Pipes in Art - Carl Spitzweg
The Romantic period of the first half of the 19th century was born in rebellion against the embrace of science, reason, and the advancing Industrial Revolution which defined the Age of Reason by itself embracing flights of dramatic fancy, emotional and philosophical turmoil, and an idealized (often unrealistic) Medievalism. But then the Romanticists of central Europe got all the Sturm und Drang they could handle, via bloody political upheaval. Following this came, unsurprisingly, another art movement (defined less by a fixed time period, and more by a central mood) which brushed all of that aside for a focus on quieter, more sentimental subject matter; the Biedermeier.
Given the introspective nature of this movement, I wasn't entirely surprised to find plenty of pipes popping up in the works of one of its more famous figures, the autodidactic Bavarian artist Carl Spitzweg. He was in many ways a very fitting representation of Biedermeier ideals, with his works eschewing politics or social commentary to concentrate on satirical, yet also at times deeply symbolic, representations of often eccentric individuals (The Bookworm being the most famous), as well as his quiet, almost monastic way of life, keeping to a small garret apartment above Rothenburg's (at the time) quietly decaying medieval architectural grandeur, from which he could look down upon the people of the town in search for inspiration.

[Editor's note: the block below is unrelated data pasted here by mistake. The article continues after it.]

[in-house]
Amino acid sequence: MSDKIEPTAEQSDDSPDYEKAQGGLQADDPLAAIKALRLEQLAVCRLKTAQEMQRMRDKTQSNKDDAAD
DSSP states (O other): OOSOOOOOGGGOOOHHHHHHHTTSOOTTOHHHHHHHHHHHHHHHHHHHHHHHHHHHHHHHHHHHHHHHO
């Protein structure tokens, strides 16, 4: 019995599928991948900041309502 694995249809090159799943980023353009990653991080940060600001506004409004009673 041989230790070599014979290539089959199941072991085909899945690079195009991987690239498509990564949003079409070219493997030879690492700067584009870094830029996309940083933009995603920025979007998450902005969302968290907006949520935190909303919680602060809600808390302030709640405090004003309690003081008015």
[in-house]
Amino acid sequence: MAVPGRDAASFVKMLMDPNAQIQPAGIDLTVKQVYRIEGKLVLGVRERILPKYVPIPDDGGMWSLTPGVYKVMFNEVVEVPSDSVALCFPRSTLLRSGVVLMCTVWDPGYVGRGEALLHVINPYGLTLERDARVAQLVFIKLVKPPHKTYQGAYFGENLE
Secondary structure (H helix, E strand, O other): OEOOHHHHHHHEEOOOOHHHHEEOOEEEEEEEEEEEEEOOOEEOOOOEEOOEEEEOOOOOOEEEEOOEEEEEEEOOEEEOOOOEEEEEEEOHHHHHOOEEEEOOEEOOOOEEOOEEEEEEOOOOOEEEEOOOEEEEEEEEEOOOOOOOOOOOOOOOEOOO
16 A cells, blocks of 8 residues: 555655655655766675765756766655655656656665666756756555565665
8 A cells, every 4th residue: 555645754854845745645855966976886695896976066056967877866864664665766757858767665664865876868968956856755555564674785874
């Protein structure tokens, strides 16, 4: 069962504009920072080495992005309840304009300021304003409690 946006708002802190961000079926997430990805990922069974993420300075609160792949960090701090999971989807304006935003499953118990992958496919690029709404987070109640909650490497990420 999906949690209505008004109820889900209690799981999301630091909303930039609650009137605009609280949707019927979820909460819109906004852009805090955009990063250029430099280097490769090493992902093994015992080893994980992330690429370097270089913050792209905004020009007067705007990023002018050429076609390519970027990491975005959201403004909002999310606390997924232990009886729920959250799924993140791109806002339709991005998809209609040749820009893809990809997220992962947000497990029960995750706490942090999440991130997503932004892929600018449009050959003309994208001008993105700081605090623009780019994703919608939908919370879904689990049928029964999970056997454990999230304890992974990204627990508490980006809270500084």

Carl Spitzweg: He Comes
Carl Spitzweg: He Comes (detail)
A Hunter Looking to a Young Girl
A Hunter Looking to a Young Girl (detail)
The Cactus Lover
The Cactus Lover (detail)
Suspicious Smoke (detail)
Like the anti-rational tempestuousness of Romanticism, though, the quiet introversion and contentment of the Biedermeier (as particularly expressed in Spitzweg's depictions of guards and soldiers nodding off or knitting at their posts - both completed in 1848 as Europe again stirred towards a restless froth) couldn't last forever - such things never do.
Eric Squires: Copywriter